After Chris Tullock got promoted from washing dishes to busing tables at a restaurant in Northampton, Massachusetts, she got a second offer that was hard to turn down: smoking weed.
It wasn’t something she’d done often, she says.
“I walked in a circle with a pie plate for, like, 15 minutes on a busy night,” says Tullock, 47, a 30-year veteran of the restaurant industry. “One of the waitresses said, ‘please don’t ever smoke pot at work again.’”
Now, 11 years into her recovery from opioids, she says the use of drugs and alcohol on the job is rampant among restaurant workers.
And restaurants are just one of the many businesses where employees are under the influence. A new survey from DrugAbuse.com, which offers educational content and recovery resources to people dealing with addiction, found that 23 percent of U.S. workers responding to the survey say they have used drugs or alcohol on the job. Roughly six in ten say they have used alcohol at work, outside of office parties or functions, while nearly 23 percent say they’ve smoked pot on the job.
DrugAbuse.com is run by American Addiction Centers, which operates mental health and addiction treatment centers in seven states.
And even if they don’t use themselves, 62 percent say they know at least one person who has had an unsanctioned drink or used narcotics at work.
With roughly 23.5 million Americans addicted to drugs or alcohol, and another 22 million in recovery, it is not surprising that drug and alcohol use would seep into the workplace, says Lawrence Weinstein, chief medical officer for American Addiction Centers.
“Would you be surprised if an employee with diabetes would have a doughnut at lunch, or someone who’s been diagnosed with COPD snuck out and had a cigarette?” says Weinstein.
“We wouldn’t pay attention to those things, but these are the same long-term chronic conditions,” he says. So when we see workers using drugs and alcohol “we shouldn’t be surprised that they don’t restrict themselves to before 9 or after 5.”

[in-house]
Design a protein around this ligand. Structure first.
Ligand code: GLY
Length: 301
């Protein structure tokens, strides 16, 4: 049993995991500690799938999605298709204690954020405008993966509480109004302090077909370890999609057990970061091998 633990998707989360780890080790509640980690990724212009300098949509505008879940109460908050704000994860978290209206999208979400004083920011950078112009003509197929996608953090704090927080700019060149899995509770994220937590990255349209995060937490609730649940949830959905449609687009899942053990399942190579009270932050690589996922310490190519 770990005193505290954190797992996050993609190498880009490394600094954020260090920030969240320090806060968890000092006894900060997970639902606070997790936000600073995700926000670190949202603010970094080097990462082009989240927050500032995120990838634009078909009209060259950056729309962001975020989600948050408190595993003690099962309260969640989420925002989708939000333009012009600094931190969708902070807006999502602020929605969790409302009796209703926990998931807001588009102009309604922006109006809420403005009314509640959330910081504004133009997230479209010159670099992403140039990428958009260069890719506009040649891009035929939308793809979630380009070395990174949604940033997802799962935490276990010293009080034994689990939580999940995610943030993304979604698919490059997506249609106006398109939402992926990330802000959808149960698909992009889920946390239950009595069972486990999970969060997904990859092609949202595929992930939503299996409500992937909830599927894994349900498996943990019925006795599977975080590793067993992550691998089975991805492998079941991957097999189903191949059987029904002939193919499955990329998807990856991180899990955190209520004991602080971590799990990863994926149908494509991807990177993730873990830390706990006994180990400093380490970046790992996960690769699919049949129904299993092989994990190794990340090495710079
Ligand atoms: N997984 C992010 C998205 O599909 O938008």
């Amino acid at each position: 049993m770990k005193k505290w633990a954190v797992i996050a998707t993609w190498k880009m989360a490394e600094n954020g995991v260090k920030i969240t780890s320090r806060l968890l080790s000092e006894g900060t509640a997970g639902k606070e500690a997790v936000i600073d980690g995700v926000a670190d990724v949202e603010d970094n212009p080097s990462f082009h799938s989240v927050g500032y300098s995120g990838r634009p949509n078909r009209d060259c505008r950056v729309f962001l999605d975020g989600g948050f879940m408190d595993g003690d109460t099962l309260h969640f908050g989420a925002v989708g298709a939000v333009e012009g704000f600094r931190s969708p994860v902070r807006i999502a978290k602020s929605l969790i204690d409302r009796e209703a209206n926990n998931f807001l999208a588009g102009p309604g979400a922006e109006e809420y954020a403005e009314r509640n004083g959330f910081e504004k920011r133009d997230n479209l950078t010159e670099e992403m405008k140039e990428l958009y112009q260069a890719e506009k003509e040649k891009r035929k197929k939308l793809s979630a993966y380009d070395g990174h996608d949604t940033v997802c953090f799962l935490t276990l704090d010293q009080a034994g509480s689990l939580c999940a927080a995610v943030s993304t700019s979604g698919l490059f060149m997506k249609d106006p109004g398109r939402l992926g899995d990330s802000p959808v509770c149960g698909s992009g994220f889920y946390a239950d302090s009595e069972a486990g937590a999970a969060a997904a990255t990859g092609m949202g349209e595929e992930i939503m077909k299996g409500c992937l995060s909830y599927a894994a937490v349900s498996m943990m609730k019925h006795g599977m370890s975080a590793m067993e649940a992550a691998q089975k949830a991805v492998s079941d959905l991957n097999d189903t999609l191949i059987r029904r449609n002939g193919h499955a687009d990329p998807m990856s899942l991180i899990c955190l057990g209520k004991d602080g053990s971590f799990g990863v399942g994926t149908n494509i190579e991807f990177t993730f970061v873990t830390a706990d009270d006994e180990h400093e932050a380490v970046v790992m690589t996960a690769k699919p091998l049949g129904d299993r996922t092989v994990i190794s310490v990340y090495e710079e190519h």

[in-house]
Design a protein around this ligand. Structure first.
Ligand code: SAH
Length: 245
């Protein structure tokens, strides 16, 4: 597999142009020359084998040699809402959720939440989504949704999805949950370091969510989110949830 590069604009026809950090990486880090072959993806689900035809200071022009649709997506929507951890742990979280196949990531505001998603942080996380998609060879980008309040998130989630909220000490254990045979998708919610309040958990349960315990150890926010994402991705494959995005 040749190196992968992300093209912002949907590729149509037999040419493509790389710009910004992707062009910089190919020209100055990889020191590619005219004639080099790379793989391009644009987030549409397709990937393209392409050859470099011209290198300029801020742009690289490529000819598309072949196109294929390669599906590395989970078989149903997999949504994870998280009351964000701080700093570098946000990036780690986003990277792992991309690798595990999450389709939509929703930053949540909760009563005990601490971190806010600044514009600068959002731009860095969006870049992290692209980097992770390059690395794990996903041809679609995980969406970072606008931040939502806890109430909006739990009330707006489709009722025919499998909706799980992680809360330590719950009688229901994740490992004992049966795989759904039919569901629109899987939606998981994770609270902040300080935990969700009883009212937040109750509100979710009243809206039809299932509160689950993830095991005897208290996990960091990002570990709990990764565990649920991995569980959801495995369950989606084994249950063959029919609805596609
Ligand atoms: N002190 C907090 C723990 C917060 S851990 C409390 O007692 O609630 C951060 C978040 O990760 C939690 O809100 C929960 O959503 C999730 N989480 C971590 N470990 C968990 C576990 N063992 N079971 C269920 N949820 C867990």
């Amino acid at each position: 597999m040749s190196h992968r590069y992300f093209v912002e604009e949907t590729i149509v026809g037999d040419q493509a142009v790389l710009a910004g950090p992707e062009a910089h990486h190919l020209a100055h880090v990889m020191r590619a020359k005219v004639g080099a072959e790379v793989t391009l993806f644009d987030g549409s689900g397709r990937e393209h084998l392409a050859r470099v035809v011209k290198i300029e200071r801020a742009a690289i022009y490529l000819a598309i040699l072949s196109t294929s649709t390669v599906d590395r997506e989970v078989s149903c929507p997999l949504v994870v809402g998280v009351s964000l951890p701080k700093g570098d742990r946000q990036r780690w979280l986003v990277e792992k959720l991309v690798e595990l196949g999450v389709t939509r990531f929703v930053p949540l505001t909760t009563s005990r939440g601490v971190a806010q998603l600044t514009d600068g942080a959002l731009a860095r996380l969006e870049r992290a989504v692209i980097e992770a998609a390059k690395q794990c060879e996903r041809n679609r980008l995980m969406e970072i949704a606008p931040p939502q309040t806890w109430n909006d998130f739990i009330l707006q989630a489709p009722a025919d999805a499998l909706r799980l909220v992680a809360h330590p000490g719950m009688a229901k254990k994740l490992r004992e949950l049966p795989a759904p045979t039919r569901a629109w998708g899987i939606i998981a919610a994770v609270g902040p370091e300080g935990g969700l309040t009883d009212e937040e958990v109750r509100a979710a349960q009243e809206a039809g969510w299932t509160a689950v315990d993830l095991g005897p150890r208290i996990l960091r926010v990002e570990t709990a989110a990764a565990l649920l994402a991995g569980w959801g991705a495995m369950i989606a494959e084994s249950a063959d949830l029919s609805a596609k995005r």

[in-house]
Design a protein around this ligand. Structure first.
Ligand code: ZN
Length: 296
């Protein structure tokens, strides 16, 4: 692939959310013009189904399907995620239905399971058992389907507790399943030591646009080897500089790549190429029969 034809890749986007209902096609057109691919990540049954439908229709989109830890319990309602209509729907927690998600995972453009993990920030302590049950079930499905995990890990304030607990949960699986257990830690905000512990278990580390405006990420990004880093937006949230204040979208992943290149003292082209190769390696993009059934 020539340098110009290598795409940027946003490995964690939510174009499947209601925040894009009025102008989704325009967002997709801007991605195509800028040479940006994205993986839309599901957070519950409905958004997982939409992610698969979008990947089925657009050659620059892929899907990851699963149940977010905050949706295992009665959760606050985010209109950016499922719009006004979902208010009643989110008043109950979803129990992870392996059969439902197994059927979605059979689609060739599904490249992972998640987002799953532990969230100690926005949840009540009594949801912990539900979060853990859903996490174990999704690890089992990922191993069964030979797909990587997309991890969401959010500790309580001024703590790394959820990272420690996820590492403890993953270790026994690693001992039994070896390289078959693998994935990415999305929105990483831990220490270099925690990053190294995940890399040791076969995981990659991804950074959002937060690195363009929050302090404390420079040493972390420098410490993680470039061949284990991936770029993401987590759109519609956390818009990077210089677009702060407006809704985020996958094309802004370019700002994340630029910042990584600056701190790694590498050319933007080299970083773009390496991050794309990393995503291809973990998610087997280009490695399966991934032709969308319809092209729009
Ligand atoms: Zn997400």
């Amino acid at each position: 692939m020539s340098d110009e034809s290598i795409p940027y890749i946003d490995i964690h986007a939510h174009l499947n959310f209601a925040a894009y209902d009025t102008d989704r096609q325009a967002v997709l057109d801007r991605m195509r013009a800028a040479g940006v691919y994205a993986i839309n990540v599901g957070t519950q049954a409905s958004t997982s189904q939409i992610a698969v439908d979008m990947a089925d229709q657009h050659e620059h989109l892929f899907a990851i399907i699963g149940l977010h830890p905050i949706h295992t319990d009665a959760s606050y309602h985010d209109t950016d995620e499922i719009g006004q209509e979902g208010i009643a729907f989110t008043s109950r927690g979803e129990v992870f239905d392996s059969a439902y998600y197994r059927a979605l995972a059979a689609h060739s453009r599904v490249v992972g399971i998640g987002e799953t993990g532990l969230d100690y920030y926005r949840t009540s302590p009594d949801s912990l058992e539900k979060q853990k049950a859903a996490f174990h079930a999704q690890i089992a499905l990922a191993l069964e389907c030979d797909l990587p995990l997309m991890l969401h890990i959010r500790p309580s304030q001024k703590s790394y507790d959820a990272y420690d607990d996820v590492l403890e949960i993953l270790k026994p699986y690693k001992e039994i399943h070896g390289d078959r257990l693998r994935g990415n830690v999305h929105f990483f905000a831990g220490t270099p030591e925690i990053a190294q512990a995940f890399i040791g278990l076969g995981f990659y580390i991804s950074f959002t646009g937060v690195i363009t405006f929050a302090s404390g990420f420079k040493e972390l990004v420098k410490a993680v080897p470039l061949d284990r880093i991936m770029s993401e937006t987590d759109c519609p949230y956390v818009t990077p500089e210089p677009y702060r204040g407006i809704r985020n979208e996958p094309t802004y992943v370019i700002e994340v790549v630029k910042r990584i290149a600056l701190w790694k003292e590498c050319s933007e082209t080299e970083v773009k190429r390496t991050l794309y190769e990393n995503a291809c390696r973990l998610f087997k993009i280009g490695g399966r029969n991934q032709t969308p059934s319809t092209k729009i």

The findings come at a time when the nation has been reeling from an opioid crisis, fewer companies are requiring drug tests for job applicants in a competitive job market, and a growing number of states are legalizing marijuana.
“Substance abuse in the workplace has always been a concern,” says Sean Sullivan, chief human resources officer for the Society for Human Resource Management, a trade group for human resource managers. The rise of opioid abuse has made employers focus even more attention on the issue, he says.
Quest Diagnostics found that 5.3 percent of retail workers tested positive for drugs in 2017, up from 4.7 percent in 2015, and the highest of any job sector. The Quest sampling suggests that about 837,000 of the 15.8 million retail workers across the U.S. would have tested positive if all had been checked.
Other industries with high percentages of workers testing positive for drugs include health care and social assistance, where 4.7 percent tested positive, and accommodation and food services, which includes hotels and restaurants, where 4.5 percent of workers had positive results.
Workers in safety-sensitive jobs, such as truck drivers, construction workers and forklift operators, are subject to drug tests because of laws, regulations or insurance requirements. State laws vary, but companies are typically required to inform employees or applicants of the policy.
Nancy Smith of Oregon City, Oregon, saw the perils of pot and other substance use firsthand when she worked at an assisted living and hospice facility near Portland about 10 years ago. She worked as a certified medical assistant and rose to be assistant manager.
Smith says she didn’t care what people did on their own time. But when she saw colleagues under the influence at work, she would have spoken up even if she wasn’t required to.
“These are elderly people who depend on us to take care of them,” says Smith. “What if (someone) was giving insulin shots to someone who wasn’t a diabetic.”